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Sam@Cult Labs 8th March 2011 07:50 PM

Wake Wood and the Return of Hammer.



A brand new horror film from the legendary and recently revitalized Hammer Films, Wake Wood superbly evokes the spirit and tone of the studio’s revered classics with a chilling supernatural tale that also combines the menacing paranoia of ‘The Wicker Man’ with the creeping dread of ‘Pet Sematary’.

Directed by David Keating (The Last Of The High Kings; KM64: Birth Of A Skatepark) from a script by producer Brendan McCarthy (Outcast; Breakfast On Pluto; The Mighty Celt; Omagh), Wake Wood stars BAFTA nominated actors Aidan Gillen (The Wire), Eva Birthistle (Middletown; Breakfast On Pluto; Ae Fond Kiss) and Timothy Spall (Harry Potter And The Deathly Hallows; The King’s Speech) in a contemporary story of the occult.

In an attempt to cope with the grief and despair of losing their only child Alice (Ella Connolly), mauled to death by a savage dog, veterinarian Patrick Daly (Gillen) and his pharmacist wife Louise (Birthistle) move from the city to the remote Irish village of Wake Wood. With Patrick taking over the local vet’s practice and Louise working in the village chemist store, the couple soon become friends with many of the local landowners, farmers and their families.

Their acceptance as members of this small but close community leads them to the discovery of an ancient pagan ritual practised by the people of Wake Wood in order to help ease the sudden loss of a loved one. This tradition, secretly preserved for many centuries, enables the grief-stricken to bring a deceased person back from the dead for a period of three days within one year of their passing, allowing them to say a final farewell to the departed before they make their final journey to the spirit world. For Patrick and Louise, this represents a miraculous opportunity to see Alice one more time and their request for the villagers’ help in realising their wish is reluctantly granted. But the ritual is bound by strict rules and conditions, which, if broken, demand a terrible price be paid.

A “hair-raising” (Matt Glasby, Total Film) and “spellbindingly eerie and deliciously grotesque” (Robbie Collins, News of the World) shocker that manages to stir the emotions as much as it chills the spine, Wake Wood is a new and worthy addition to Hammer’s hallowed canon of classic horror films.

Vertigo Films will be releasing Wake Wood (cert. 18) at UK cinemas on 25th March 2011 and the DVD release (£15.99) will follow on 28th March 2011 courtesy of Momentum Pictures. Special Features include: interview with cast and crew; deleted scenes; trailer; teaser trailer.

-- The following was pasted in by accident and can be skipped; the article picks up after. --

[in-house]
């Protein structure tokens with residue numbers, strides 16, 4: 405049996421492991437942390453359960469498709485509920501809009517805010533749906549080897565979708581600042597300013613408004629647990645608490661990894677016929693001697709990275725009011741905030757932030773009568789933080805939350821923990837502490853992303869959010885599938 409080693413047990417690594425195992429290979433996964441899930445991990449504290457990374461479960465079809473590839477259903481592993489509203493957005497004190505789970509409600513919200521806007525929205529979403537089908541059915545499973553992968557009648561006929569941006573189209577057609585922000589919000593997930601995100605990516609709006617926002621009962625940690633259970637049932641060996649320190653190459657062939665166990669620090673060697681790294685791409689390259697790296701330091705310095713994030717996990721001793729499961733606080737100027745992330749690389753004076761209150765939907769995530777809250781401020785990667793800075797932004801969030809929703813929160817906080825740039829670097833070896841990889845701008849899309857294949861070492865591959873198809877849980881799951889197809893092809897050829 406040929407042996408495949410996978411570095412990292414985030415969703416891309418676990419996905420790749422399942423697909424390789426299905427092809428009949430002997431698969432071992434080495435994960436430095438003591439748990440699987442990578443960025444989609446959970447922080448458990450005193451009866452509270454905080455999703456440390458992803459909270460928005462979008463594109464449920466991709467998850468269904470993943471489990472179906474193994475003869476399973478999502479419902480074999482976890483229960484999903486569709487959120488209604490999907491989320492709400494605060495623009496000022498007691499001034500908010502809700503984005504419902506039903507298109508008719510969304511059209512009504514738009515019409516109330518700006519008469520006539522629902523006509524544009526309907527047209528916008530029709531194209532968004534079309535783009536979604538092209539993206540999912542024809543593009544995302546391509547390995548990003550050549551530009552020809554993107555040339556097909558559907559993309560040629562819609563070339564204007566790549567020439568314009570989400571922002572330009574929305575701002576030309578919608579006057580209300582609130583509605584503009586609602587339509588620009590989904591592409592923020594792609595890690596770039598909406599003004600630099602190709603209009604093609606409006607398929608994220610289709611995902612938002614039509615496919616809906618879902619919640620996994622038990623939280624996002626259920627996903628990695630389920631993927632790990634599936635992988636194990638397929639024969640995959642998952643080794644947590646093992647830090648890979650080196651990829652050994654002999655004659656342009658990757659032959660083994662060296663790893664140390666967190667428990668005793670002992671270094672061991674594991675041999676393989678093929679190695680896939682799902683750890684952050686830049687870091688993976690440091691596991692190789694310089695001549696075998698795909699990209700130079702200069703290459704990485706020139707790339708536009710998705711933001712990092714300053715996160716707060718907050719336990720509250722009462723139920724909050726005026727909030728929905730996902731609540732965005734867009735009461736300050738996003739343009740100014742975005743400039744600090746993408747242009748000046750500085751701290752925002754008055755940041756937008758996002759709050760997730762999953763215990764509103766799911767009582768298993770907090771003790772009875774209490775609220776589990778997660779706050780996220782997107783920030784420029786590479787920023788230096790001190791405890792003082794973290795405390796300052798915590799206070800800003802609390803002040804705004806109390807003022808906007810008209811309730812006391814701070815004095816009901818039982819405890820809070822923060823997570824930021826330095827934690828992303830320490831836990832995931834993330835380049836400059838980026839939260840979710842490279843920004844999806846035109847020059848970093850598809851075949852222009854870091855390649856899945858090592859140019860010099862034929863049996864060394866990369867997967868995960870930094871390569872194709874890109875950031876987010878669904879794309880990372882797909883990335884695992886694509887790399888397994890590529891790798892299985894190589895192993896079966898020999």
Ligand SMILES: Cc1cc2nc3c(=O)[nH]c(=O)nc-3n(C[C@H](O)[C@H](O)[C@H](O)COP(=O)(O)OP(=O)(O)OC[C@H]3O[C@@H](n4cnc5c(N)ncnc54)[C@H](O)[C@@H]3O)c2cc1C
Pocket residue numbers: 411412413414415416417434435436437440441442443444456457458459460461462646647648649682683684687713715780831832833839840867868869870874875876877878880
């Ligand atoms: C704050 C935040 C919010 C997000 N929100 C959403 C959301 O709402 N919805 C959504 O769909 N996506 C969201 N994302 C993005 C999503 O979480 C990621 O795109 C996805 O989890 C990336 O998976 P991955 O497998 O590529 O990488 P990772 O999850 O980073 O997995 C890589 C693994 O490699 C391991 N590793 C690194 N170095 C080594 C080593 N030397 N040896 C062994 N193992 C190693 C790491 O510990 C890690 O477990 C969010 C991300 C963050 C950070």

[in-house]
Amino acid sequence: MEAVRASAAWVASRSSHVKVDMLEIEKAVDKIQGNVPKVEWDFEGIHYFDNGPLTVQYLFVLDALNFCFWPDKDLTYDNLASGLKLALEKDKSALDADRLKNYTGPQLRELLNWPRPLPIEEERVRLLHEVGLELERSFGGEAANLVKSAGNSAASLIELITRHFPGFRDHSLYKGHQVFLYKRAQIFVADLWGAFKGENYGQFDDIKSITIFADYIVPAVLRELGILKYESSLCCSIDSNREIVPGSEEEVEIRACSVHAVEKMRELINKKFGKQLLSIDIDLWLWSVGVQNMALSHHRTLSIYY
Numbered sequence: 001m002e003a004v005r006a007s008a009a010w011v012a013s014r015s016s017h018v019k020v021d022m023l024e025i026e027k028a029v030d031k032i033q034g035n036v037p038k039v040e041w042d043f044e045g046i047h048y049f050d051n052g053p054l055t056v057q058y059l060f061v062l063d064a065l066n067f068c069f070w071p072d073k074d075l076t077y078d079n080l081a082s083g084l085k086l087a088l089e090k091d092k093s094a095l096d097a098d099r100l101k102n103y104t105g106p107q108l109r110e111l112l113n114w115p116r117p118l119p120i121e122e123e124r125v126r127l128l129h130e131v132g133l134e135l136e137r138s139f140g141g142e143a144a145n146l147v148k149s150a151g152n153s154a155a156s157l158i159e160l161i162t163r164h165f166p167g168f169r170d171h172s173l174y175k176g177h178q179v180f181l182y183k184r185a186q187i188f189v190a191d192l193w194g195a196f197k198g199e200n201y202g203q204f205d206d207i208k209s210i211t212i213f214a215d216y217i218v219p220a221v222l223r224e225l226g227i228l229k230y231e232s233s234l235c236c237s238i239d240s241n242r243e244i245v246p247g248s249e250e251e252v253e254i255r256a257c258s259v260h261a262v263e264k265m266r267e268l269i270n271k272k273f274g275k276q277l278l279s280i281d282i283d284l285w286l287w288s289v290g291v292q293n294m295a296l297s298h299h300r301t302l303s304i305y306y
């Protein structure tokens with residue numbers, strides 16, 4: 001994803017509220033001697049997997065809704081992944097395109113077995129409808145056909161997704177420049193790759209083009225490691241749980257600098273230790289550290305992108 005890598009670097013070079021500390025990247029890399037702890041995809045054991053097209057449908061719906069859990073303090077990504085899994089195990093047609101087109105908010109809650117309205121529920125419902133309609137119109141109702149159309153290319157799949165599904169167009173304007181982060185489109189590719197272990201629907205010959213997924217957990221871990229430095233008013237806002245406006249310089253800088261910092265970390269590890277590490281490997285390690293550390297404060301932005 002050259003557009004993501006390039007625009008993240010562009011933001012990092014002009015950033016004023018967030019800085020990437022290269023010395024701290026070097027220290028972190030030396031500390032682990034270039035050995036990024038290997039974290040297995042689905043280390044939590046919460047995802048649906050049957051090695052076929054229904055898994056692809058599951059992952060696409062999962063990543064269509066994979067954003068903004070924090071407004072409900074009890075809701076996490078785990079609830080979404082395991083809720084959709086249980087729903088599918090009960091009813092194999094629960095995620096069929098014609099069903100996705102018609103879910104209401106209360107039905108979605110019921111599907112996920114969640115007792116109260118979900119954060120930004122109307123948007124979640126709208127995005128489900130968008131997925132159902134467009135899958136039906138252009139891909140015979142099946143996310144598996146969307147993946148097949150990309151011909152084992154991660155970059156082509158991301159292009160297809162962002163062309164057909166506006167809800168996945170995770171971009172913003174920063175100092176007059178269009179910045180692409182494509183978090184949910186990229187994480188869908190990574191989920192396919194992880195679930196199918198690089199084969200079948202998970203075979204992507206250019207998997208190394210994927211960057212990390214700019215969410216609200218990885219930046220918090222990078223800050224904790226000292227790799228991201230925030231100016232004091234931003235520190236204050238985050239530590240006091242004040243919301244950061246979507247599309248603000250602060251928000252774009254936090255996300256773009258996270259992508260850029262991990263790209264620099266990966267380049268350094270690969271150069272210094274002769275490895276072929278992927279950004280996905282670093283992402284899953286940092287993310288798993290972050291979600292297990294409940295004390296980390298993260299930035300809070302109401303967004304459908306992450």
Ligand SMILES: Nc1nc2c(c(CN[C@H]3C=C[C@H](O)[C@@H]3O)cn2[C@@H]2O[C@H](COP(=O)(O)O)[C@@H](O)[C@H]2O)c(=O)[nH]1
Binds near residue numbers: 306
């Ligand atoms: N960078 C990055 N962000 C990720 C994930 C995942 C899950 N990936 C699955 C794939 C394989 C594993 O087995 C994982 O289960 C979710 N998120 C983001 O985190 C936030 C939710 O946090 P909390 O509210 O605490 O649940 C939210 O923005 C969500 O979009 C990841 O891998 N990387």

bizarre_eye@Cult Labs 8th March 2011 08:09 PM

Now, I don't say this very often but this is a modern horror film that I'm actually interested in seeing...! :faint:

Looks like it could be pretty good.

Sam@Cult Labs 8th March 2011 08:12 PM

It's All Creatures Great and Small meets Pet Semetary!

No, but seriously, it's a nice bit of work, with some cool ideas and a solid cast. I really enjoyed it.

mr 420 9th March 2011 10:44 AM


Originally Posted by bizarre_eye@Cult Labs (Post 134081)
Now, I don't say this very often but this is a modern horror film that I'm actually interested in seeing...! :faint:

Looks like it could be pretty good.

Anything with Timothy Spall in it is worth a watch.:)

Sam@Cult Labs 11th March 2011 02:48 PM


Demdike@Cult Labs 11th March 2011 03:16 PM

Of the three films Hammer have just produced (Let me in, and The Resident , being the other two) Wakewood seems more like the Hammer of old - ie an old fashioned horror gothic style flim rather than a modern vamp flick or a thriller. I for one am really looking forward to this.

wayfarer 11th March 2011 04:17 PM

Wake Wood does evoke the old Hammer. It reminded me of a too long episode of Hammer House of Horror for 2011. Not a bad thing but I found the leads very bland and characterless. There are loads of great ideas never fully realised and fleshed out..

Sam@Cult Labs 11th March 2011 04:46 PM

I watched Let Me In for the first time last night and thought it was a brilliant effort.

A rare remake that sites alongside the original as a worthwhile compainion piece rather than a travesty that mars it's source or a slick but pointless retred.

Let Me In was fantastic, Wake Wood is a more modest film in terms of budget but no less intriguing and it makes want to check out The Resident, which I had assumed to be another Woman-Under-Siege picture. I'll have a slightly more open mind now.

Paul@TheOverlook 11th March 2011 04:48 PM

I knew nothing of this, will definitely be checking it out.

The Resident opens in cinemas today here in the UK. I was really surprised to see that it's going straight to DVD in the US at the end of this month.

Sent from my iPhone using Tapatalk

wayfarer 11th March 2011 05:17 PM

The Resident looks very good. Looking forward to that one.

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